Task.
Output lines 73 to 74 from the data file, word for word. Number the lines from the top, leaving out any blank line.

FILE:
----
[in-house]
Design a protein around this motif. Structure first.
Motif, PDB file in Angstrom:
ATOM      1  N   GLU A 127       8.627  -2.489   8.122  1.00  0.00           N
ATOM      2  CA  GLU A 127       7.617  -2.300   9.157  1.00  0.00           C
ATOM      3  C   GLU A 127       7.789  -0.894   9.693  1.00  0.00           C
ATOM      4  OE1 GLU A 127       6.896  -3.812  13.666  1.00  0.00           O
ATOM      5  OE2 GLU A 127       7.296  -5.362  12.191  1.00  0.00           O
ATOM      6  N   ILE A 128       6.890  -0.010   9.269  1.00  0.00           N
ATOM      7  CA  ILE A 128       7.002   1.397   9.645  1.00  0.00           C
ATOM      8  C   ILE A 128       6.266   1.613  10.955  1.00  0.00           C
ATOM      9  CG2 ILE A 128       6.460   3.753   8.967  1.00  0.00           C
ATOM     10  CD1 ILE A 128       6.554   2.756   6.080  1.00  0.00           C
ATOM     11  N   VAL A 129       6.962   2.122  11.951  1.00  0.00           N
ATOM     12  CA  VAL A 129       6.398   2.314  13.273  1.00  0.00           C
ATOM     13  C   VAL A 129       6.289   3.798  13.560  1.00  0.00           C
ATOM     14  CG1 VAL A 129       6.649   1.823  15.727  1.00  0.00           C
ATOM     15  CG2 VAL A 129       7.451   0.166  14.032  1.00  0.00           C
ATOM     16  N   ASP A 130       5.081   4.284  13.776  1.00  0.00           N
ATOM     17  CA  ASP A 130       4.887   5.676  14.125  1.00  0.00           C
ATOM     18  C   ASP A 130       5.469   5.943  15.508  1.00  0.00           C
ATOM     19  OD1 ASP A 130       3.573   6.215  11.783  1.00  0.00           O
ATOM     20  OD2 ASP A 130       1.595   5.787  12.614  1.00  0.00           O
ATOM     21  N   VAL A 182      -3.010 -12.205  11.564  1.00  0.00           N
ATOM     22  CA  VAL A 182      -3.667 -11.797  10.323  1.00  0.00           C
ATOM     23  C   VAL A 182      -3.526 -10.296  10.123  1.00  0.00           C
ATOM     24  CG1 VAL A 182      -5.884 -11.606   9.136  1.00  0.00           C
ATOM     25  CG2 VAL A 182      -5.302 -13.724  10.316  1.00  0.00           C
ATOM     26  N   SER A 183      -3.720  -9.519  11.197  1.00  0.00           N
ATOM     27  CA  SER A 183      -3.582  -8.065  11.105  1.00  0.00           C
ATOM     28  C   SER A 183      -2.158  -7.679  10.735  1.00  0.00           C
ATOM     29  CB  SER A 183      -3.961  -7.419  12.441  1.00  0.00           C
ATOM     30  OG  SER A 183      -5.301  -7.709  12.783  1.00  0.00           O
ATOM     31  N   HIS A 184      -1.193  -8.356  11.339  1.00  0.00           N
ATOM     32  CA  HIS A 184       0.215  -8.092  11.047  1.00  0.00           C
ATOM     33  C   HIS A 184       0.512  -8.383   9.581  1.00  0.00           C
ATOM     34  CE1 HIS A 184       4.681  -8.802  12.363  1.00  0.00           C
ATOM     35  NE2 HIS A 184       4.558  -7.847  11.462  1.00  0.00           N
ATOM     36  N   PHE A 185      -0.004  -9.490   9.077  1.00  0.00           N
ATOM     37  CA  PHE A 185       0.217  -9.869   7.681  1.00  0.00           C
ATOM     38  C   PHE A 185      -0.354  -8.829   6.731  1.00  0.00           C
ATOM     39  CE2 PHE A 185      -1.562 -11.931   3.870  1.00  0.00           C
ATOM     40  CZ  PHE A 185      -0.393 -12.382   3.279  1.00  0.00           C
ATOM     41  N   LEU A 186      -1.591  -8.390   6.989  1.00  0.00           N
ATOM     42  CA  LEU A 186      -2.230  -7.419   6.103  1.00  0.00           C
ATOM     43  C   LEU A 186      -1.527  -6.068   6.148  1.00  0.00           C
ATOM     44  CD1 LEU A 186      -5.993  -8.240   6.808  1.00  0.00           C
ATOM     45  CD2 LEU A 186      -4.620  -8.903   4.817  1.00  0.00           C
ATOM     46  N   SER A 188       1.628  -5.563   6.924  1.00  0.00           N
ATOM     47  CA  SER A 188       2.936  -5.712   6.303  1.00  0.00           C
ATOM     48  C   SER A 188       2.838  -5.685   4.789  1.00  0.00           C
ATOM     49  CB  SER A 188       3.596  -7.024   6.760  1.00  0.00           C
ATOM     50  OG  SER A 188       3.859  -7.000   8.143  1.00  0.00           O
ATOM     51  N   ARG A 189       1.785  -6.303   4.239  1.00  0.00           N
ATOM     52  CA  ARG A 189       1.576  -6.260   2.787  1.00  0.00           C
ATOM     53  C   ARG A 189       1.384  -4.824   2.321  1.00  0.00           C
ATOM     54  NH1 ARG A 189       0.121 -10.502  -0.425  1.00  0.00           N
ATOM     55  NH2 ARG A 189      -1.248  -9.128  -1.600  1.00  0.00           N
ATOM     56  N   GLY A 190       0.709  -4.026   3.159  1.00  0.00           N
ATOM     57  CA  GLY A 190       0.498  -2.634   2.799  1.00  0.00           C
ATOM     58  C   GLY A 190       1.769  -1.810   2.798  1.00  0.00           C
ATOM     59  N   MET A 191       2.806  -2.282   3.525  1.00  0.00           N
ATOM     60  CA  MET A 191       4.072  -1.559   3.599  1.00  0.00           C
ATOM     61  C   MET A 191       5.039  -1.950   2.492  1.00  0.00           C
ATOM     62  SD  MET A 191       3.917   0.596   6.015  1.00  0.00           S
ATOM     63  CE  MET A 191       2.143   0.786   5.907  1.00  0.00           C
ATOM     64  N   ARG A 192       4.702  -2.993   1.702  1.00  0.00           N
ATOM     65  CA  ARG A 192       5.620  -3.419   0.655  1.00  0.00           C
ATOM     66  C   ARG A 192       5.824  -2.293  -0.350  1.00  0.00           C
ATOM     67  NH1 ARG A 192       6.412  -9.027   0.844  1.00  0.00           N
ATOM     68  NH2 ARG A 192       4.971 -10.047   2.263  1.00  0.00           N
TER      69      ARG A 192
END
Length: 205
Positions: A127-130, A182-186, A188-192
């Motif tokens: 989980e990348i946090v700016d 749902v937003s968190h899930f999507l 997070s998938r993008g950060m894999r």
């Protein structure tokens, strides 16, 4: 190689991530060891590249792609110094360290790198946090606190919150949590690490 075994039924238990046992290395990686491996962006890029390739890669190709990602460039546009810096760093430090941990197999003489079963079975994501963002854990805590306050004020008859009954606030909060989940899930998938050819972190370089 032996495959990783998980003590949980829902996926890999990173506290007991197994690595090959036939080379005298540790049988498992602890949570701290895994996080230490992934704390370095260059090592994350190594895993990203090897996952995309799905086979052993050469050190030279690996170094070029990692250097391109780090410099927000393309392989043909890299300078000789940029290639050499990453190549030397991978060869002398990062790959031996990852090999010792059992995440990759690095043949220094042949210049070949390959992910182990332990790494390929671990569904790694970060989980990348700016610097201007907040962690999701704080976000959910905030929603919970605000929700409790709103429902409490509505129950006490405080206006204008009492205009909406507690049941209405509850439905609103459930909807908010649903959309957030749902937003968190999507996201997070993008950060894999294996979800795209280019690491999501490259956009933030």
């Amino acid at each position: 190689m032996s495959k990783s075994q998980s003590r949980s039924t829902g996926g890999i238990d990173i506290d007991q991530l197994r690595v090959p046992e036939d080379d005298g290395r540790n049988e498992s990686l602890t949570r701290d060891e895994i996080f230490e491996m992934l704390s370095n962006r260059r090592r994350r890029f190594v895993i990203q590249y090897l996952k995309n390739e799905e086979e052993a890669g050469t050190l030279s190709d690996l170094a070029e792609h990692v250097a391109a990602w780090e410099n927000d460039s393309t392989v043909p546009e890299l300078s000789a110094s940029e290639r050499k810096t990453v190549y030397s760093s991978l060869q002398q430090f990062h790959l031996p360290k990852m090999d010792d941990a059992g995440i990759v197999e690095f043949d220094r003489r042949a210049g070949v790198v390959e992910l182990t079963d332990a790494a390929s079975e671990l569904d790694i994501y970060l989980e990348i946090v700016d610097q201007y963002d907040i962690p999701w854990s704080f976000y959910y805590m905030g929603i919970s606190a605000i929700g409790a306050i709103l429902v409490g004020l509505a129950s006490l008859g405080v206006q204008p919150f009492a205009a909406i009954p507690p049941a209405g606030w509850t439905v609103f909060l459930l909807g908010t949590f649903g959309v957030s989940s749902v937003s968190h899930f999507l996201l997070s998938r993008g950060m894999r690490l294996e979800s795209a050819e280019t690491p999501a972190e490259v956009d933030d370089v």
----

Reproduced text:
END
Length: 205